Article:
10 Reasons Why Martial Artists Make Great Employees

cropped-img_1350.jpgSo you’re a recruiter or talent scout rummaging through talent pool after talent pool, endlessly posting openings on every “this, that, and the other” job board under the sun and keep coming up short. You’ve exhausted the recent grad pool to find that along with zero professional experience they’re in the negative for life experience as well. Every cover letter from potential candidates either sounds like R2-D2 wrote it or they just filled in the blanks of a template. If your candidate does get through, they either blow it big time in the interview process or they reject the job offer for whatever reason. Or, in extreme cases the hiring manager doesn’t actually know exactly what they’re looking for… Purple squirrels and rainbow horned unicorns don’t really exist!

Allow me to introduce you to an entirely new planet called martial arts practitioners. I know this may seem a bit outlandish for the seriousness that is candidate placement but given enough thought and time and proper guidance and mentorship, I assure you that you will hit your target 99.9% of the time. You see, good companies hire good people that are qualified for the job. OK simple enough. However, great companies hire extraordinary people to teach and mold into exactly what they’re looking for. “Yeah right!!”, you say.

As Jules Winfield from Pulp Fiction would say, “well allow me to retort…”

10 reasons why Martial Artists make great employees:

1. Tenacity. This trait runs deep within a martial artist. That said, give them a task or goal and watch them do work. When challenges arise, practitioners are relentless in their determination to reach that goal with unwavering grit.

2. Creative. Martial artists are trained to imagine real life scenarios with would be attackers or threats. This training allows the mind to relax in order to think. Thinking leads to problem solving and out of the box ideas in order to avoid danger.

3. Loyalty. There’s an innate characteristic for martial artists to remain loyal to their teachers, mentors, and peers. This can translate into low turn over rate and brand ambassadors. However, a teacher or peer must be worthy enough for a practitioner to dedicate their loyalty to.

4. Timely. Ask any staunch martial artist what time their training class or session is and they will tell you their entire schedule for the week and not miss a single class, even when feeling under the weather. Practitioners take their training serious and honor those who make time for them.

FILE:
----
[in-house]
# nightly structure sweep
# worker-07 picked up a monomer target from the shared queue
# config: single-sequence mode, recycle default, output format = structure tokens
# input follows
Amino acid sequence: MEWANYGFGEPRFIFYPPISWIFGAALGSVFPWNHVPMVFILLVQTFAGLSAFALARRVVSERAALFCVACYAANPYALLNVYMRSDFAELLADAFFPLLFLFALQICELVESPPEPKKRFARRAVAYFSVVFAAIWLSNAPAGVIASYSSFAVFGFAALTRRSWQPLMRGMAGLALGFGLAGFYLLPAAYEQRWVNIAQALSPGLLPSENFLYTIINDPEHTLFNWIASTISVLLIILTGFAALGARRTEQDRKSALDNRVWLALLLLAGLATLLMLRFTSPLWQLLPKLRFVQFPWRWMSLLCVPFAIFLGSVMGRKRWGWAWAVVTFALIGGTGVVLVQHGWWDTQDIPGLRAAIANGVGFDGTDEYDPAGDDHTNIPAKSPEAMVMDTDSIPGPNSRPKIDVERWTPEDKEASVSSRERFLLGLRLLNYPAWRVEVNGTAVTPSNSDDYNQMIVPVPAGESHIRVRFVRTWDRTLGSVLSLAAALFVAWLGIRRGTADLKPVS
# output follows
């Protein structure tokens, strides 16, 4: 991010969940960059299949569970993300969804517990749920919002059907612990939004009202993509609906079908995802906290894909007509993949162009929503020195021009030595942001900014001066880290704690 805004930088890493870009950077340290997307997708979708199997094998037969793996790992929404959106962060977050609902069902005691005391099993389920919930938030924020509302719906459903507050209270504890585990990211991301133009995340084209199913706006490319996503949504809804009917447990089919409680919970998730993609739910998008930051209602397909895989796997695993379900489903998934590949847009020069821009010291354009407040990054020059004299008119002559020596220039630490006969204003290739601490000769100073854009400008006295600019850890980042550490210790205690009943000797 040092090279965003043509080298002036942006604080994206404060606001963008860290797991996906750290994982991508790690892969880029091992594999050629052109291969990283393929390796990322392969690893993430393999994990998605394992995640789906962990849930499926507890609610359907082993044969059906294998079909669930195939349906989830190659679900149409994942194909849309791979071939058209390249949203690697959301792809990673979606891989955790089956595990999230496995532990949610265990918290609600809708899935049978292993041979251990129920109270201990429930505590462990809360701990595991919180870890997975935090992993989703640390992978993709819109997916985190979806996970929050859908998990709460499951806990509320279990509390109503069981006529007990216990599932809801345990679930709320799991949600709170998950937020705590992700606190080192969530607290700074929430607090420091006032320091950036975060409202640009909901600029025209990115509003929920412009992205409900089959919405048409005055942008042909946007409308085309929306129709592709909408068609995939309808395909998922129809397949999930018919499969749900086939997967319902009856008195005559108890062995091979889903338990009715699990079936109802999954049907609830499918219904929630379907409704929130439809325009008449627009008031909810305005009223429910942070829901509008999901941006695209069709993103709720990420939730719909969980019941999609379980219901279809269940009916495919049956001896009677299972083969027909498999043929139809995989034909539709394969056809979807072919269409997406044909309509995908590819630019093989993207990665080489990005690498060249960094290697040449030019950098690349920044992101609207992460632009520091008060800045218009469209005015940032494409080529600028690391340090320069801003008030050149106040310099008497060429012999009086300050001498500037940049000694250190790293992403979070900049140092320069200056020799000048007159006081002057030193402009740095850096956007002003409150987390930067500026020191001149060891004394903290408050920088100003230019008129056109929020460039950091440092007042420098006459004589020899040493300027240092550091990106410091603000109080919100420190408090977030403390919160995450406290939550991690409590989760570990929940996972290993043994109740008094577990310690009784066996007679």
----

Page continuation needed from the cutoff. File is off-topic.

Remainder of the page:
5. Patience. One of the first things a martial artist learns is that wisdom takes time. They come out of the dark and build towards the light, understanding and developing a big picture for themselves. Attaining expertise or spiritual enlightenment come through experience and hard work and they embrace this truth.

6. Adaptable. Through their training, martial artists learn the skill of adaptability. This allows them to read any situation and make their plan accordingly. With practitioners, they know there isn’t a defacto plan of action, tying in other key characteristics such as patience and creativity, but keep in mind a positive end result. Like, water.

7. Teachable. This is probably the most important characteristic of any good martial artist. And that is thy must be teachable. Bruce Lee once said, “empty your tea cup”. This meant that if you already know everything, how can you learn anything else? Martial artists can learn anything you throw at them and will practice and practice until they are blue in the face and its perfect. Again, tenacity!

8. Enduring. If you seek someone that will be able to take a lot of pain and stick with the program for a very long time, a martial artist will be the last to jump ship when waters are rough. Along with their loyalty, they are trained to take hits and taught how to get back on their feet usually with great vengeance. Passionate are those who love what they do and make it a life long mission.

9. Empathy. So if you understand the classical thought behind the YinYang, the hard edge of any martial artist is always balanced with a soft core, similar to a Katana blade. Thoughtfulness and caring are residual effects from a practitioners practice to not only strengthen the body but also to sharpen and free the mind. They reach this by spiritual means, not by hardcore training.

10. Healthy. Most martial artists instill a healthy attitude by way of diet, exercise, and meditation into their lifestyle. They rarely miss a date from being sick and bring a clear and unemotional mind to their day. This reverberates and lifts others around them. This of course requires endless vigor but practitioners know the rewards and stay conscious of the decisions they make. Simply put, health is wealth!

In closing, I’m not here promoting some sort of paradigm shift in recruiting or hiring. All I offer is a different perspective than what you’re used to in hopes to at least analyze your approach. I realize that it takes an engineer and/or experts to do specific jobs but most everything on the table is teachable and is worth the investment when you find the RIGHT people.

Dig Deeper,

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